Dana Ullman response to the totally lame article on homeopathy by Popular Science

In due respect, the above article is totally lame, especially for a POPULAR SCIENCE article.

This article is totally theoretical and doesn’t choose to cite any of the many (hundreds!) of basic science or clinical trials, most of which have found biological activity and/or clinical effects of homeopathic medicines as distinct from placebo.

First of all, using market samples of metal-derived medicines from reputable manufacturers, scientists at the Department of Engineering at the Indian Institute of Technology have demonstrated for the first time using Transmission Electron Microscopy (TEM), electron diffraction by Selected Area Electron Diffraction (SAED), and chemical analysis by Inductively Coupled Plasma-Atomic Emission Spectroscopy (ICP-AES), the presence of physical entities in these extreme dilutions in the form of nanoparticles of the starting metals and their aggregates.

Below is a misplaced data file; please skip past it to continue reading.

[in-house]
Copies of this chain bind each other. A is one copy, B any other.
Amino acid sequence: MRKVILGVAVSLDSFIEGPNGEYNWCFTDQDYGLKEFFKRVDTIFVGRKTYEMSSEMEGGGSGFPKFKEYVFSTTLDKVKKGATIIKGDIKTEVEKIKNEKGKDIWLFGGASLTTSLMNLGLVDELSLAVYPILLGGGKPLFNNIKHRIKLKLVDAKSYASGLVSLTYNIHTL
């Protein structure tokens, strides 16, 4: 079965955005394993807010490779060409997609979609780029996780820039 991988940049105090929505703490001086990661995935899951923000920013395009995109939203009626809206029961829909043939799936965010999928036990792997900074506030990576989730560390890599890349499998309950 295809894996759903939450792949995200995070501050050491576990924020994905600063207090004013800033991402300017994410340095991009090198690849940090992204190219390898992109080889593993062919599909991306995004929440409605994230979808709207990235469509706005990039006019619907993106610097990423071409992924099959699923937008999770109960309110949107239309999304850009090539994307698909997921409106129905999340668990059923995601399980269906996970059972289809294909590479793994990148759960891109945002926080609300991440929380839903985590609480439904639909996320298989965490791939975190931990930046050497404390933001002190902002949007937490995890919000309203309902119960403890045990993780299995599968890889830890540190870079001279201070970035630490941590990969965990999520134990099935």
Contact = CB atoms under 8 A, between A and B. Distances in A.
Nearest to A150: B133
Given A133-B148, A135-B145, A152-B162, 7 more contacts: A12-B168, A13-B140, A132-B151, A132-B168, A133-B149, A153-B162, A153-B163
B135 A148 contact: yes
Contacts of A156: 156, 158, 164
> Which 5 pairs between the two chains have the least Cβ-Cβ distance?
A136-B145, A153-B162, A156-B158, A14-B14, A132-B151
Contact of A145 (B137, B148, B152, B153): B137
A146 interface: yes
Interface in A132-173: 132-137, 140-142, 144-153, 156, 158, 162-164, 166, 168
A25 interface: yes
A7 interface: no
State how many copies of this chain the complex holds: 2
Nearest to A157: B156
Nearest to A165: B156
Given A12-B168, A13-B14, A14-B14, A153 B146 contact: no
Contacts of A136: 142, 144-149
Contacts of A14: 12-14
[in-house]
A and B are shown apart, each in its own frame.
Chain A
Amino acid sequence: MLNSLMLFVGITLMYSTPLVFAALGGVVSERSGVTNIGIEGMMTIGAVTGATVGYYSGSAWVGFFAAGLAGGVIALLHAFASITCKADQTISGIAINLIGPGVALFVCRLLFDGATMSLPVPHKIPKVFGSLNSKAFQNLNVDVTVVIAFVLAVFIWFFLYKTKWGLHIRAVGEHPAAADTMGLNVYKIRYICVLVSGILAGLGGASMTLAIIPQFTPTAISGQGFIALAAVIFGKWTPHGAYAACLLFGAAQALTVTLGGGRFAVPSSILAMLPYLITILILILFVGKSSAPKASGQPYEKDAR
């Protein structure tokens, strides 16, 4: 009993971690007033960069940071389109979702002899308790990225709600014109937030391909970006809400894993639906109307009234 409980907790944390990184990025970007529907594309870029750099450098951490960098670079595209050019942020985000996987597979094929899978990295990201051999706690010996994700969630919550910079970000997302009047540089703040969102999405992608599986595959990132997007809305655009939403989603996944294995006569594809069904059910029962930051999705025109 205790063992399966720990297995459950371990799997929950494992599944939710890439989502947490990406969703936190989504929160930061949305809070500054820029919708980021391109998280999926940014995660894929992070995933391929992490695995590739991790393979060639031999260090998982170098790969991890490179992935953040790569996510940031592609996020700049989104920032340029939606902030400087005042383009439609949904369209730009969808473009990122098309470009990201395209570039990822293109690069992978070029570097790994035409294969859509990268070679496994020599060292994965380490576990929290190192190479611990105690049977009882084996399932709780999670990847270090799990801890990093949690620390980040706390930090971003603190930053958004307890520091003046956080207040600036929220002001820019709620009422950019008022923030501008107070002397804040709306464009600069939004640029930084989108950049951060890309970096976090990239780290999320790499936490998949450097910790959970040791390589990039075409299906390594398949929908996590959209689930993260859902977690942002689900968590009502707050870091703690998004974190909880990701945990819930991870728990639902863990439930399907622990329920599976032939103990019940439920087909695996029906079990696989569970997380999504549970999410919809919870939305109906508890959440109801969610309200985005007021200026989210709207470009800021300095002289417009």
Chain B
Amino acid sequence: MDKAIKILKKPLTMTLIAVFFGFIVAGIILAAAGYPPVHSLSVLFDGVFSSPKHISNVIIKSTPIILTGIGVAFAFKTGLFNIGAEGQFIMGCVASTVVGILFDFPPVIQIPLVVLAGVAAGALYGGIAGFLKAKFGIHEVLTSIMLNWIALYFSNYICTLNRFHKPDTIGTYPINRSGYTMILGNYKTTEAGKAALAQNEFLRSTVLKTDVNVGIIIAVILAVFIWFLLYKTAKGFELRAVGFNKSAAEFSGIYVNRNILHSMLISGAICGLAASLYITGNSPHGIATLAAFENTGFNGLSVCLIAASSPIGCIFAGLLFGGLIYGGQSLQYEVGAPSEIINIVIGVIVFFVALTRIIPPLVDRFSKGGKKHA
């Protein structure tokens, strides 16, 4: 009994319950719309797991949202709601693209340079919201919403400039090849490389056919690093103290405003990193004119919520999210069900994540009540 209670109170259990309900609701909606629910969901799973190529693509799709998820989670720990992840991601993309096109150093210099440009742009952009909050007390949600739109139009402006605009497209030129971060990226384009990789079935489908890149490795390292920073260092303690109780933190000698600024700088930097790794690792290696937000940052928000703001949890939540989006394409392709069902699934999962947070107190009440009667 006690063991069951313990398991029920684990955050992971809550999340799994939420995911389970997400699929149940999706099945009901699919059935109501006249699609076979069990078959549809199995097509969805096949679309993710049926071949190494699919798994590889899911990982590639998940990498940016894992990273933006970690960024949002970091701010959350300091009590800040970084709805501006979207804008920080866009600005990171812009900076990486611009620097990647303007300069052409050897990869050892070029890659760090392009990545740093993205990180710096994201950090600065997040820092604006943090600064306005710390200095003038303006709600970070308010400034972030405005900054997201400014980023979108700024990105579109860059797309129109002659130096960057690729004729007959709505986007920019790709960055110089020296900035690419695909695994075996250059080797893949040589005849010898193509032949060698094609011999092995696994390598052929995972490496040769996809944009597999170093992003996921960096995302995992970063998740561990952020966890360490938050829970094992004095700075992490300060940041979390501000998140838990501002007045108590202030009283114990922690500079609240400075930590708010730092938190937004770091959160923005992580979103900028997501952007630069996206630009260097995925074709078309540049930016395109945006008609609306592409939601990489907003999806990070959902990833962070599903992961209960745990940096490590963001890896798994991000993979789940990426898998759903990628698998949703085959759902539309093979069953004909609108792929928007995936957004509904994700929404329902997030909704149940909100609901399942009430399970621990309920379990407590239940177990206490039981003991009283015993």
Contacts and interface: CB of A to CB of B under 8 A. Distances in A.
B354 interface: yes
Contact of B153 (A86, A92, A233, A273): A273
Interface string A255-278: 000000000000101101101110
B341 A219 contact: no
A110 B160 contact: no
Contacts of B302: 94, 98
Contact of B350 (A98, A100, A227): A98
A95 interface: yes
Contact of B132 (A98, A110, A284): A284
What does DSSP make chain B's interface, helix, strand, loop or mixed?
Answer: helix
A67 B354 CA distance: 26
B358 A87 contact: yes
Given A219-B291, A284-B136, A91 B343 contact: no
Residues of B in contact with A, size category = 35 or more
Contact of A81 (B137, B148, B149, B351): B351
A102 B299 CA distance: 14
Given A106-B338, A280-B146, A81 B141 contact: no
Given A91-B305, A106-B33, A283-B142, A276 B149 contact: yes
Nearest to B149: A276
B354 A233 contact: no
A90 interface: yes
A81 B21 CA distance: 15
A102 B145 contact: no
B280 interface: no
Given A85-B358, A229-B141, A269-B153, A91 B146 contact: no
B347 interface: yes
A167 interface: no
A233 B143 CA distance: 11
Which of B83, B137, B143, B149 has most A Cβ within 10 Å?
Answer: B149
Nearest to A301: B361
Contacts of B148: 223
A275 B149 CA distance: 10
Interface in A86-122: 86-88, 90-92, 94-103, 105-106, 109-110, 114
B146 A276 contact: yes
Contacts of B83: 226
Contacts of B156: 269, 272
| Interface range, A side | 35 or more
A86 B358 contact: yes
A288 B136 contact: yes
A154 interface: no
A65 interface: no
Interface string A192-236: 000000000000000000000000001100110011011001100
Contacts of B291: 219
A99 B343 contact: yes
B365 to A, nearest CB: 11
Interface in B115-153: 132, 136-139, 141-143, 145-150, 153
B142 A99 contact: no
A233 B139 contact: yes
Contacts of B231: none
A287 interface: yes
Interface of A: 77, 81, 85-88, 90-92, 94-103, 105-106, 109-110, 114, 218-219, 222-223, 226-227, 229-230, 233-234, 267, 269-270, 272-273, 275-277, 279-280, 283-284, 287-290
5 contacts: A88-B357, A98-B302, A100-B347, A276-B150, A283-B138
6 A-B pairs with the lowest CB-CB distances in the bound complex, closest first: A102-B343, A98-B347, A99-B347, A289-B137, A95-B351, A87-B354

The # of nanoparticles remaining in EACH of the 6 samples were considerably higher than the # of many hormones that circulate in our bodies (which are often in extremely low doses!).

I assume that your magazine will next assert that the atomic bomb was also a placebo because those exceedingly small particles could not “possibly” have significant effects. Well, so much for theory. Please refer to RESEARCH next time.

As for Avogadro’s number, such important concepts are not relevant when dealing with complex systems such as water and vigorous shaking in glass vials (do you understand that 6 parts per million of silica fragments fall off the glass walls from shaking?)(do you understand that the shaking creates bubbles and “nano-bubbles” that dramatically change the water pressure?)(is it possible that these factors influence what is being diluted?…the answer is CERTAINLY!).

Source: Is Homeopathy Really As Implausible As It Sounds?

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